SSTL is itself of historical significance, as the creator of the first ‘talking satellite’, UoSAT-1 in 1981. Their current work in nanosatellite and microsatellite technology, is a far cry from the ancestral Ariel-1, which had the aesthetics of a 1950’s ‘sci-fi’ fantasy space craft: multiple, sphere-like radio antennas protruding from a cylindrical body; multiple solar arrays; inertia booms to control the craft’s spin, and a 100-minute tape to store a single orbit’s worth of data.

Perhaps the most dramatic contrast in SSTL’s current work, to the ‘little-green-man’ craft that was Ariel-1, is its Smartphone satellite STRaND-1. This unique nanosatellite is designed around a Google Nexus One, Android Smartphone. In a playful nod to classic science-fictions’ dream of a space-going future, is the inclusion of an App on the phone that tests out the film Alien’s infamous slogan: ‘In space no-one can hear you scream’.

Providing SSTL’s contribution to the UK Space Agency’s symposium, will be Shaun Kenyon, lead System Engineer on the aforementioned, nanosatellite STRaND-1. On the 26th, 
he will discuss the importance of flagship projects and small satellites to UK space technology. Shaun’s insights will help to put in context the retrospective significance of Ariel-1, as he expounds his belief in the importance of satellite technology and low cost access to space for commercial endeavours.

Robin Wolstenholme

UK space environments conference


UK Space Agency logoDuring the summer a number of UK institutions currently active or interested in space biomedicine research and education formally agreed to collaborate in order to identify and pursue a national strategy for space biomedicine research and development.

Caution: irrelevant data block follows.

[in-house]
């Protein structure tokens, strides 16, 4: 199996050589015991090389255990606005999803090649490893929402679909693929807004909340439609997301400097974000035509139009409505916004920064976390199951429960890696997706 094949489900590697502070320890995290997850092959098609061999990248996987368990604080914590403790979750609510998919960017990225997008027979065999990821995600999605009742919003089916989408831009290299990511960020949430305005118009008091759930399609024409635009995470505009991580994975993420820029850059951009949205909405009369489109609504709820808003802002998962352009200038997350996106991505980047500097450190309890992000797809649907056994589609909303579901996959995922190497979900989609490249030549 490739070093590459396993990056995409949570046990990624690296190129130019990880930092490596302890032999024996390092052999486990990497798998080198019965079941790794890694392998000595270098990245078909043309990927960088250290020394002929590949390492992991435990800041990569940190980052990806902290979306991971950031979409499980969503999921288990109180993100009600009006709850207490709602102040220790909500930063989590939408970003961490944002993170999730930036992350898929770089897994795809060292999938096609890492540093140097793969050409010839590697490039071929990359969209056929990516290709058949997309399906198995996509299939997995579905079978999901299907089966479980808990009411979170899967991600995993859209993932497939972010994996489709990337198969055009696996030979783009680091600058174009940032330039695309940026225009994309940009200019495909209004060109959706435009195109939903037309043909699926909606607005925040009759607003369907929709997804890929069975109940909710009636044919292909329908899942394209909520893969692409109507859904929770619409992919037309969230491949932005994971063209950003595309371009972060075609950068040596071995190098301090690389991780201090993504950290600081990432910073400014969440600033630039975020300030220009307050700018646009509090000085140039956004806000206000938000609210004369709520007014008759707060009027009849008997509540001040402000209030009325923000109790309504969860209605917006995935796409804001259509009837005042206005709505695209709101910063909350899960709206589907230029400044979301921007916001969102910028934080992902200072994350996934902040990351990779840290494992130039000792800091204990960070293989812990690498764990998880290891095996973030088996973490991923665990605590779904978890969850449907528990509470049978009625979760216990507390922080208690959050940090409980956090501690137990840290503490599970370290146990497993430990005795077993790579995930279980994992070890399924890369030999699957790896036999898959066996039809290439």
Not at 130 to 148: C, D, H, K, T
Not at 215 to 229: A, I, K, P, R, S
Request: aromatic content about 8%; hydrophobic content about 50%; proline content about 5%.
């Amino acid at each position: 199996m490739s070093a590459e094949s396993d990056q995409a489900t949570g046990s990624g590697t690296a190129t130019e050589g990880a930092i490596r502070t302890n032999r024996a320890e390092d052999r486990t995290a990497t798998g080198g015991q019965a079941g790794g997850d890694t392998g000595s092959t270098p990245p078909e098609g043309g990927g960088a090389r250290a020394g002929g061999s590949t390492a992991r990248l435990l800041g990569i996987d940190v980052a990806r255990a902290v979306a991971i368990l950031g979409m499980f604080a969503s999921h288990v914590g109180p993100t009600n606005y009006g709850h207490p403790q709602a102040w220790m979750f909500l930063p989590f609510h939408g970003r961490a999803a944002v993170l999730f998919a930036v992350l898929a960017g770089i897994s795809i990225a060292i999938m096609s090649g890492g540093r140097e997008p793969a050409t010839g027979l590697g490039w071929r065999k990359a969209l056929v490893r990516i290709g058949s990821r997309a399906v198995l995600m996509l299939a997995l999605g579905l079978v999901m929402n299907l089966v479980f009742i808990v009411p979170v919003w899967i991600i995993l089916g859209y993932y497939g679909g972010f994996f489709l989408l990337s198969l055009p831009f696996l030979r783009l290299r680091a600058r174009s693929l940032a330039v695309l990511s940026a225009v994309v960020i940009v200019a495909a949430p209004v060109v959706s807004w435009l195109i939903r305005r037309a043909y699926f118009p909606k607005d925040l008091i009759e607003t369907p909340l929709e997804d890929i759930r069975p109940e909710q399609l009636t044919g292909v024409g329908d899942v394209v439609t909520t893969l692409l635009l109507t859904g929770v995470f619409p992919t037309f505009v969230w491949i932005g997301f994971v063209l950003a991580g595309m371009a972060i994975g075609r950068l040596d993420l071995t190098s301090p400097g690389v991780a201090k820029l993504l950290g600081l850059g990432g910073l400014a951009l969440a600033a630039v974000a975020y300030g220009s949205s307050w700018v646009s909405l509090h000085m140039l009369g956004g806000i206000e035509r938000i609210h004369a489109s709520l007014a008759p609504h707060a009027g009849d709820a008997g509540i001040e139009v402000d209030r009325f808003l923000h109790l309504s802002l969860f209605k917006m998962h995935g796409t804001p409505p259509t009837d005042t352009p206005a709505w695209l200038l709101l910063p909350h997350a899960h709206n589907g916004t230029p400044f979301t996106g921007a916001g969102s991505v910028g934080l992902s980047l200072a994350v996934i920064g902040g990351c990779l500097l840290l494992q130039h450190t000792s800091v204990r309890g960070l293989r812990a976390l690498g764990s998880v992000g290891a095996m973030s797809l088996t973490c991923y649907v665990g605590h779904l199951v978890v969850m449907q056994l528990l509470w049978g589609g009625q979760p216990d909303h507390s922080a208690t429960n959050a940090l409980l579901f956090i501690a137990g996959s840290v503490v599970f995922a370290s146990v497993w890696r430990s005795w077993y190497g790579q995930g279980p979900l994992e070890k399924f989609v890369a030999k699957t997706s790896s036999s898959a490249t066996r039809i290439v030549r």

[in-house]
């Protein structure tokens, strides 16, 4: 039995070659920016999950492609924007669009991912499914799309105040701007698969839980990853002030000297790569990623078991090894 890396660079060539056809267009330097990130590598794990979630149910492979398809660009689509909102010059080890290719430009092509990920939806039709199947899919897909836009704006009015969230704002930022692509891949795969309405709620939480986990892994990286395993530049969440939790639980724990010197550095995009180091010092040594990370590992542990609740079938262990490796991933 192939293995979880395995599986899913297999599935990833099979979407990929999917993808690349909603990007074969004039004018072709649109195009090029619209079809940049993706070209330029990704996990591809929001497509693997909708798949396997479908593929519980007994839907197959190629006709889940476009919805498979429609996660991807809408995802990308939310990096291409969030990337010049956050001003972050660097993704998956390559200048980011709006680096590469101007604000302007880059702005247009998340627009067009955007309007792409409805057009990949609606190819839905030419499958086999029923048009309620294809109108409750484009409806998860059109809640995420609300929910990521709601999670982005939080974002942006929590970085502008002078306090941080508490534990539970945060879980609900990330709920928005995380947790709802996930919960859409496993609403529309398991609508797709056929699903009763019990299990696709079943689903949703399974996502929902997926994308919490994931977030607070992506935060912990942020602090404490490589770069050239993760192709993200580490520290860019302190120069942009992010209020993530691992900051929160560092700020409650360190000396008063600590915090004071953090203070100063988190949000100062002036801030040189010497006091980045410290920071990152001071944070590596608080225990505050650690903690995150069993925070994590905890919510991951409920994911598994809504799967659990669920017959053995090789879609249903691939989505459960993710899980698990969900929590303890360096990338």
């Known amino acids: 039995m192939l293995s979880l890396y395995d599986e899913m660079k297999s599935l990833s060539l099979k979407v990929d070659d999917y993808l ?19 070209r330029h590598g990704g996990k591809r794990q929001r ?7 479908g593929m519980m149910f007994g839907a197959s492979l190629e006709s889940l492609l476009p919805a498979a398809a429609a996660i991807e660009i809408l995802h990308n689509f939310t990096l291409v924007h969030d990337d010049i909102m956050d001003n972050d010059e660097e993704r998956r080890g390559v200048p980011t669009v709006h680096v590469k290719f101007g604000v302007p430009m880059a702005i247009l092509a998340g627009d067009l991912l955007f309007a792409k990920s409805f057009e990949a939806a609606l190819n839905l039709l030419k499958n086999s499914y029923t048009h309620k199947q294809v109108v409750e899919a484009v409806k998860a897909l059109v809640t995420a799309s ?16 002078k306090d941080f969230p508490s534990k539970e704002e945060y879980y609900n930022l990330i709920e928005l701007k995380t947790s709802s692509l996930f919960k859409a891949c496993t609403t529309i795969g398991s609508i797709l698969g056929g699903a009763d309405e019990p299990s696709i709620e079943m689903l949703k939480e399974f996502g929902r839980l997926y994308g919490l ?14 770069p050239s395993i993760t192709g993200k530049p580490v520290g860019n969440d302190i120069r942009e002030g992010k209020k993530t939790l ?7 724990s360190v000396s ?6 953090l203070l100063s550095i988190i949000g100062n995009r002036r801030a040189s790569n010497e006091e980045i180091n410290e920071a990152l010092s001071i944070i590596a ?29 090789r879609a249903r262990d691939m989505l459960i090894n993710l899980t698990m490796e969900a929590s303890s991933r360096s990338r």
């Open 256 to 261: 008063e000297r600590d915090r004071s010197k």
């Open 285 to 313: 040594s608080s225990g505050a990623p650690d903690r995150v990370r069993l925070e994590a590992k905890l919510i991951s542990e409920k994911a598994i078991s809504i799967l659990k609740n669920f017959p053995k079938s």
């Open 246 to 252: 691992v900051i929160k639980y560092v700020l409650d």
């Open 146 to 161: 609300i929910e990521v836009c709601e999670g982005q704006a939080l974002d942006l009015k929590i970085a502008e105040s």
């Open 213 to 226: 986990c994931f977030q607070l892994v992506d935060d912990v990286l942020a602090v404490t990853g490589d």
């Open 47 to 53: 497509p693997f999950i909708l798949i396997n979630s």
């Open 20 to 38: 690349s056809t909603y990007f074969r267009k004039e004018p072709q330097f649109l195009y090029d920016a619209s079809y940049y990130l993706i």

“UK Research & Education for Space & Terrestrial Benefit”

The UK Space Biomedicine Association invites students, professionals and the general public to the first UK Space Environments Conference in Aberdeen, 16 – 17 June, 2012. This is the only conference where representatives from UK organisations actively engaged in fields such as Space Biomedicine, Exobiology, Astrochemistry and Microgravity-physics will collectively meet to aid the development of space environments research and education in the UK. The meeting represents a unique opportunity to:

  • Showcase current activities related to research and education in the space environment.
  • Interact and collaborate with pioneers & colleagues from numerous disciplines involved in R&D associated with aspects of the space environment.
  • Contribute to and learn about the development of a national UK space biomedicine strategy.

Keynote speakers will include Dr Jeff Davis, Director of NASA space life science and medical operations.

Venue: Satrosphere Science Centre, 179 Constitution Street, Aberdeen, AB24 5TU
Dates: 16-17th June 2012
Early Registration fee: Professionals- £81, Student tickets- £57, before 1 April 2012.

For more details visit the UK Space Biomedicine Association website.

FUNcube Dongle used in new Prospero X-3 Satellite Tests


Roger J A Duthie M0RJA and the team are carrying out further attempts to reactivate Prospero, the United Kingdom’s first satellite launched on a UK-built rocket, Black Arrow, on October 28, 1971.

The team now have an AMSAT-UK FUNcube Dongle (FCD) VHF/UHF Software Defined Radio to receive Prospero on 137.560 MHz and use an Icom IC-746 tranceiver on transmit commands to the satellite.

Because the frequency is now used by a number of Orbcomm satellites it can be difficult to identify the Prospero X-3 signal. The intention is to switch the satellite on and off by making commanding attempts and listening for a response in the RF carrier to indicate that Prospero is indeed still in some sort of working condition.

It is hoped Amateur Radio operators will be able to provide recordings of the signals on 137.560 MHz.

For further information check the Prospero X-3 blog and the AMSAT bulletin board.

Prospero 40th Anniversary has links to the real time tracking page and the history of the satellite

PE0SAT – Prospero

Join the FUNcube Yahoo Group